Maybe they won't be the NHL's 97-pound weaklings, after all.
It has long been the knock on the Edmonton Oilers that they are hopelessly easy to play against -- not skilled enough to scare opponents with their offence, not tough enough to drag a game into the back alley.
Stocked with too many "tweeners," as head coach Craig MacTavish used to refer to the middle-of-the-road players in his lineup, they too often found themselves outmuscled by the tough guys and outgunned by the skill guys.
Everything about their forwards was soft, except their hands.
They stopped some of the bleeding, literally, by bringing Steve MacIntyre to Zack Stortini's aid last season, and it certainly kept the league's predators honest. But there's a difference between fourth-line agitators and nuclear deterrants and the functional, 60-minute toughness the team has been missing.
Through seven games of training camp, however, there seems to be a harder edge to the forward unit -- at least a harder option at head coach Pat Quinn's disposal.
With J.F. Jacques growing into the physical presence that they'd always hoped, Ryan Stone shoving his way into the picture and Dustin Penner playing harder for Quinn than he ever did for MacTavish, the Oilers are shaping up to be a lot tougher to play against.
"We're seeing Jacques become the guy he was expected to be and Pens looks like he's going to have a good year," said defenceman Sheldon Souray, Edmonton's toughest guy on the back end.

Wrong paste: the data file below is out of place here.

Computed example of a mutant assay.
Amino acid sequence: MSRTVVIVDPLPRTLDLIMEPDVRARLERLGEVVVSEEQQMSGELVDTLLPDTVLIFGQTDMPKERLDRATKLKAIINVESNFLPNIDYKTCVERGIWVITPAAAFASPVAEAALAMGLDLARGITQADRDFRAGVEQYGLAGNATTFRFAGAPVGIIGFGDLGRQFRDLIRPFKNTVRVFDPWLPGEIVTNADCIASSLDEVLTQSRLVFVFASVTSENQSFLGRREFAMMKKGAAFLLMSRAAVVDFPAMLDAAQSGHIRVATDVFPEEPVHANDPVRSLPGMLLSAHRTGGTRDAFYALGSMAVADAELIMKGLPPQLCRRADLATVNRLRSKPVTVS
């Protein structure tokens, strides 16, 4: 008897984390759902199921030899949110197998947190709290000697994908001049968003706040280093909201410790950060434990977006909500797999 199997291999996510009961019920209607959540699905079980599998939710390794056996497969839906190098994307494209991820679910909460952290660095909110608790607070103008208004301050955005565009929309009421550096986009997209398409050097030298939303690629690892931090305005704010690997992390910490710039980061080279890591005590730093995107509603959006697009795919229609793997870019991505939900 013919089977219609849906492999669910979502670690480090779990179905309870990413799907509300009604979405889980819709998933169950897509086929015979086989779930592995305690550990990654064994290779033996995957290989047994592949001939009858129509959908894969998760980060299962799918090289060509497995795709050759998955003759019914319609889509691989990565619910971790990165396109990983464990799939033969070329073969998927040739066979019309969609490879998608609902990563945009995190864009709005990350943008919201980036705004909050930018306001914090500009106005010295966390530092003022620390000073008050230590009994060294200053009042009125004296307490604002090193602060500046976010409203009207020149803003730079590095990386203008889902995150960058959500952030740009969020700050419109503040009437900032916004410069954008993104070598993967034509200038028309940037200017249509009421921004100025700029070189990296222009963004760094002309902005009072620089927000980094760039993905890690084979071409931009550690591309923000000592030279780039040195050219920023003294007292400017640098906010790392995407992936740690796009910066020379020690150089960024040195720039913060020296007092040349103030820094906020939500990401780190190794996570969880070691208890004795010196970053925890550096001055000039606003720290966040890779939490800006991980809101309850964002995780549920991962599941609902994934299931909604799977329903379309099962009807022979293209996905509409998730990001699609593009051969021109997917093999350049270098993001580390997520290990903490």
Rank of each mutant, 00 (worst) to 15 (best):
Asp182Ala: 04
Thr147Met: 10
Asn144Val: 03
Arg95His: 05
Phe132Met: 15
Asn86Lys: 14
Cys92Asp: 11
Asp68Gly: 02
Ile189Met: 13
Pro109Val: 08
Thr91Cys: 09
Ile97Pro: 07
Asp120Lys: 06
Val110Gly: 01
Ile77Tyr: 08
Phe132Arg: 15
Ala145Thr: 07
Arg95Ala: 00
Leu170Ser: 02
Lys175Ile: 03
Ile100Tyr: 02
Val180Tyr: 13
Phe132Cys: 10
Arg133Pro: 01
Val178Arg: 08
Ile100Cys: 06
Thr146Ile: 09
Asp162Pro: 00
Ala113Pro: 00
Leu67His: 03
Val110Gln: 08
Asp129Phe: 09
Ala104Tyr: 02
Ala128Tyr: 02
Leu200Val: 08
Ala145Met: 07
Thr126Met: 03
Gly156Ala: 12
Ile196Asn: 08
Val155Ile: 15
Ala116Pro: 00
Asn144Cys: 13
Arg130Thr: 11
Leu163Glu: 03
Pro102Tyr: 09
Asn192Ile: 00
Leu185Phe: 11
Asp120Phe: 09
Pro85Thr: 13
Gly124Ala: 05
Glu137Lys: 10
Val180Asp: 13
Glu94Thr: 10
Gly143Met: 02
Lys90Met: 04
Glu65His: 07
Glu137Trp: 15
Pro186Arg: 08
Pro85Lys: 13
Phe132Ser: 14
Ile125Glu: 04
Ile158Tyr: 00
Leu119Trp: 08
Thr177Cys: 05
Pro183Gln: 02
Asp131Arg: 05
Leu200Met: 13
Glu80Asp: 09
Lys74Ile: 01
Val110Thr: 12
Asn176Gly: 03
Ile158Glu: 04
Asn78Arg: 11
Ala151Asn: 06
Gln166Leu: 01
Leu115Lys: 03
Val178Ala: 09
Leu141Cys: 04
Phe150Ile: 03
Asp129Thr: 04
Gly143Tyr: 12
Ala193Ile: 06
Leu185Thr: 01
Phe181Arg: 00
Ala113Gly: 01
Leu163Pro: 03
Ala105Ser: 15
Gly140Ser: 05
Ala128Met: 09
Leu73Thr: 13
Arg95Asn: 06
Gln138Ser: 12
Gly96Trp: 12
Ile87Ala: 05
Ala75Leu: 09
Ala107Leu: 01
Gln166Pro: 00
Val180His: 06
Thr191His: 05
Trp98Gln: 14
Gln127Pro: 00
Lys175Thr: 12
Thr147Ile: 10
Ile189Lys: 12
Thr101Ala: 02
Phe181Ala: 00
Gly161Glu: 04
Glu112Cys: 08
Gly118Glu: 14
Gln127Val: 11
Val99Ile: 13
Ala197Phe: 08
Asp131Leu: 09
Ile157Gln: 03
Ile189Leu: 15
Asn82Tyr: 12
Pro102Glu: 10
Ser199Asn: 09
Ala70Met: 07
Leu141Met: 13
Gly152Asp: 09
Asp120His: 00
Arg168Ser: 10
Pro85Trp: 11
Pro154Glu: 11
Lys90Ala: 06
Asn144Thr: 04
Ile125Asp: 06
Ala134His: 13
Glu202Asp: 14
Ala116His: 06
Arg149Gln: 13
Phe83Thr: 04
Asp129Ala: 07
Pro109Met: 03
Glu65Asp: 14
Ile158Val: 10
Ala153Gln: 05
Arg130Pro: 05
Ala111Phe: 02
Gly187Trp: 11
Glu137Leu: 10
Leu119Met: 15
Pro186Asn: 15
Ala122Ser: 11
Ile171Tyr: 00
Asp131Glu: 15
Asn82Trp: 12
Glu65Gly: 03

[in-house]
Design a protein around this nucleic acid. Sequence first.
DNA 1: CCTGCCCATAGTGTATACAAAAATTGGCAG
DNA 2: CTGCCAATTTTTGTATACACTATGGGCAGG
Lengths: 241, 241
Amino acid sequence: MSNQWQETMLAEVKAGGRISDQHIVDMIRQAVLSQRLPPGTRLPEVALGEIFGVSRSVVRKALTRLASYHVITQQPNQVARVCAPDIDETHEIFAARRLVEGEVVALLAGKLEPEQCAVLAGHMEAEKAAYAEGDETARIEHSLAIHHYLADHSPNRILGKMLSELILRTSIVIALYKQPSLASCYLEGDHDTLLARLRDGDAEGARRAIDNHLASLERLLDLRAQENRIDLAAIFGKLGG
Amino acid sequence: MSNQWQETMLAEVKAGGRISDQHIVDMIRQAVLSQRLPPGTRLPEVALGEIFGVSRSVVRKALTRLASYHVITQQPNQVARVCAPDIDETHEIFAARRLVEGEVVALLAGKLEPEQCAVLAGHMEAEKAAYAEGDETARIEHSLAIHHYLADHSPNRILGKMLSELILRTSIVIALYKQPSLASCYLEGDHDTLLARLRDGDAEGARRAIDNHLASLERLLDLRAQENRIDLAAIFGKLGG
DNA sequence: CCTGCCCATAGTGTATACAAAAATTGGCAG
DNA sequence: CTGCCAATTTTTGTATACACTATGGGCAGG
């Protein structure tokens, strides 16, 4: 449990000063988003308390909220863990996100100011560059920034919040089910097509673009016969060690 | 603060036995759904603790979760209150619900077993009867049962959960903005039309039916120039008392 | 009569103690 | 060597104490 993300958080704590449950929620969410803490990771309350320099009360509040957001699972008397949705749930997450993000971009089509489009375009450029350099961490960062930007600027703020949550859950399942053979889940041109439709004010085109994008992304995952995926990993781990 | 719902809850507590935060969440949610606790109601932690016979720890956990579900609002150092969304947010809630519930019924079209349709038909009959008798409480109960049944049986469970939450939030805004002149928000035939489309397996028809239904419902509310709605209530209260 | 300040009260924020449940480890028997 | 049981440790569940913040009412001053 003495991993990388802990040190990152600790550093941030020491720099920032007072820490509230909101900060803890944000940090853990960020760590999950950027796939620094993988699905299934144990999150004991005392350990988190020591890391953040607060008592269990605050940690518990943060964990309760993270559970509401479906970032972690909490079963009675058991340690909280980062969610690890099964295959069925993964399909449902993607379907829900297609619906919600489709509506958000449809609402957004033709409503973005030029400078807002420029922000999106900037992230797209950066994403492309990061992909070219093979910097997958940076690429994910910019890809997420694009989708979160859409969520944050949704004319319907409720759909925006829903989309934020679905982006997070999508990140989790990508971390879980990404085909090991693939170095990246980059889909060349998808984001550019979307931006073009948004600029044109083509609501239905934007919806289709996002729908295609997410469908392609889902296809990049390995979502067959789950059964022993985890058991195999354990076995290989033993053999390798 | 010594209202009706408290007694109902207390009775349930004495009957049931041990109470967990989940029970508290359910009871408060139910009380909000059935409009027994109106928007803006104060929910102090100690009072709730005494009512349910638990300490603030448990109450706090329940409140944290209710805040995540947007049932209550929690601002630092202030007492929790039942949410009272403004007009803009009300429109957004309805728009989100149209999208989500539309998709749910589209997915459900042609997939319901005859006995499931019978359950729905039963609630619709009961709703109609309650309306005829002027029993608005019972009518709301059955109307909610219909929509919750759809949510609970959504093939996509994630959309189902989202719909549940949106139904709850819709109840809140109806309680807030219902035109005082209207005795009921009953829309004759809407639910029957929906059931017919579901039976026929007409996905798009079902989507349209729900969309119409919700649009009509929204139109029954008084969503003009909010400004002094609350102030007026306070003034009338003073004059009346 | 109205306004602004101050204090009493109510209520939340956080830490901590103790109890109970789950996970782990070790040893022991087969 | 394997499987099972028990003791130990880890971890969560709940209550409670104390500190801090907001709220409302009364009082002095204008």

"If those two things shape up the way you hope they will, we have two pretty good power forwards -- not to mention some of our energy guys a little later in the lineup. We could have a good mix if things work out."
More grit was at the top of GM Steve Tambellini's off-season checklist. When he wasn't able to acquire any in the summer, there was considerable concern.
Two weeks into camp, though, key guys are stepping up.
"Our management was hopeful these boys would be able to step in and provide a little bit different look, and to this point they certainly have," said Quinn.
"Jacques has had what I would call a good camp, so has Stone, who gives you a physical presence. Young Gilbert Brule, same thing."
Fans who watched the last preseason game with Calgary had to find it refreshing to see Robyn Regehr looking over his shoulder against the Ales Hemsky line, wondering which direction Jacques was coming from.
Even Brule, all five-foot-10, 175 pounds of him, brings an element Quinn likes to see.
"He's not a giant, but he's not afraid to stick his nose in the right spots," said the coach.
"It's the old story; it's not the size of the dog in the fight, it's the size of the fight in the dog. You have to be willing to do those sorts of things. I don't mean going in and getting beat up; just don't concede the puck without contesting it in some fashion."
It's nice, though, when your dogs are big, and are willing to fight for those battles in the corner and that precious real estate in front of the net.
"If we have big bodies who can skate and get in on the forecheck and make life a little bit more miserable for other teams than we have, it's going to be a huge advantage for us," said Souray.
Between Jacques, Stone, Penner, Souray, Stortini, MacIntyre, Ethan Moreau, Ladislav Smid and Jason Strudwick, the shouldn't have to take too many backward steps this year.
"We have a lot of small forwards, but we have a lot of big guys, too," said Jacques. "People tend to forget that. Mac and Zack ... Stoner has been really good from the start of camp. Smid is probably 225. We're getting a great balance of small and fast and big and strong."